Joshua's Farm

New England Farm Log

June 17, 2013


Joshua's Farm Kourt's Firefly is loving the pasture...

The cows get just one hour in the clover field to sweeten their milk. If you never believed a cow could smile, watch them entering a field of clover.

Born in the wet part of the pond pasture early on the morning of June 4, the colorful little roan heifer has a sense of belonging to the nooks and crannies of the bog and keeps going back to it.

She hadn't been due for four more days, but the heifer who carried her had gone off alone that night.

The next morning, one of those perfect June mornings when the light is soft and suffused by emerald green, I looked out and saw two faces looking back, Smitty and her first calf.

I brought them into the barn, though Smitty objected and, like her mother, opened the sliding door several times until finally, I let them stay out.

I frantically sought her at two days old, imagining her vulnerable and alone in bear infested woods when her mother came back to the barn without her. I looked for her along the fence line where she secrets herself in the tall grasses, just on the other side of the last strand of barbed wire. I looked for her for hours, and finally settled my fears with memories of calves not found for weeks on a mountainside in Morgan, Vermont in the 1970s.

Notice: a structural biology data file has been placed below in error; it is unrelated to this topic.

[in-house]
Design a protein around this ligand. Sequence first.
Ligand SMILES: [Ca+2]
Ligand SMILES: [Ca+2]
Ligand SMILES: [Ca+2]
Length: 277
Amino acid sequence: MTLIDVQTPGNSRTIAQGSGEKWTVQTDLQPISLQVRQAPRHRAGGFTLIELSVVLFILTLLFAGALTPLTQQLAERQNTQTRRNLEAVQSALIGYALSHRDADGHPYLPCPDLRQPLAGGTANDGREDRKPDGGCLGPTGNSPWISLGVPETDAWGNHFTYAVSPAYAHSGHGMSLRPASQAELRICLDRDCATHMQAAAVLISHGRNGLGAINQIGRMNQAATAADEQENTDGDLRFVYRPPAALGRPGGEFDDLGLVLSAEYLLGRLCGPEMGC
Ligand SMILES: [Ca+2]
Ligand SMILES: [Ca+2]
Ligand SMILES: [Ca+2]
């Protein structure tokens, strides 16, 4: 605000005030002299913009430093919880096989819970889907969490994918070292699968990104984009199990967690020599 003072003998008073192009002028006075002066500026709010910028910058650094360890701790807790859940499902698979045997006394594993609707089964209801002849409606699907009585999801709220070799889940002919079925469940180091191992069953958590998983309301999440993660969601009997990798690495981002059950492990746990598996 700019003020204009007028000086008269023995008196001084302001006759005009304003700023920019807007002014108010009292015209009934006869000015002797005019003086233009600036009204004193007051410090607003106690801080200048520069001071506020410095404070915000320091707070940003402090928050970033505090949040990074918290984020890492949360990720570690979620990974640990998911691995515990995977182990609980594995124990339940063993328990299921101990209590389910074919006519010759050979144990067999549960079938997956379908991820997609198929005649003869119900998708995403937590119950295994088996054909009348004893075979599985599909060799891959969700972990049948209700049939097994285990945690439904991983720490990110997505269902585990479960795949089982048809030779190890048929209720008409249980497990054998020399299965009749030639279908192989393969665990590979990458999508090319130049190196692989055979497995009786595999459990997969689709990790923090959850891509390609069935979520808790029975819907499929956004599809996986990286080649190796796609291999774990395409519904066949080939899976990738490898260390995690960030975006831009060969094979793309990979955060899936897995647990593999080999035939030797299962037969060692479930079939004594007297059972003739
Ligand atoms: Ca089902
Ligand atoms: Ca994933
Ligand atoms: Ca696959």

I settled my fears, but went back out anyway, and saw the little heifer's eyes in the fireflies that burned the darkness is circular patterns just outside the bean if my headlamp.

I thought it the little calf so many times, though no two of the magnetic bugs seemed to move in tandem.

At 4 a.m. I heard the cow bellow for her calf to come out of her hiding place. In the darkness, I heard the deep throated call three, maybe four times, and then not again. And I knew the calf had obliged.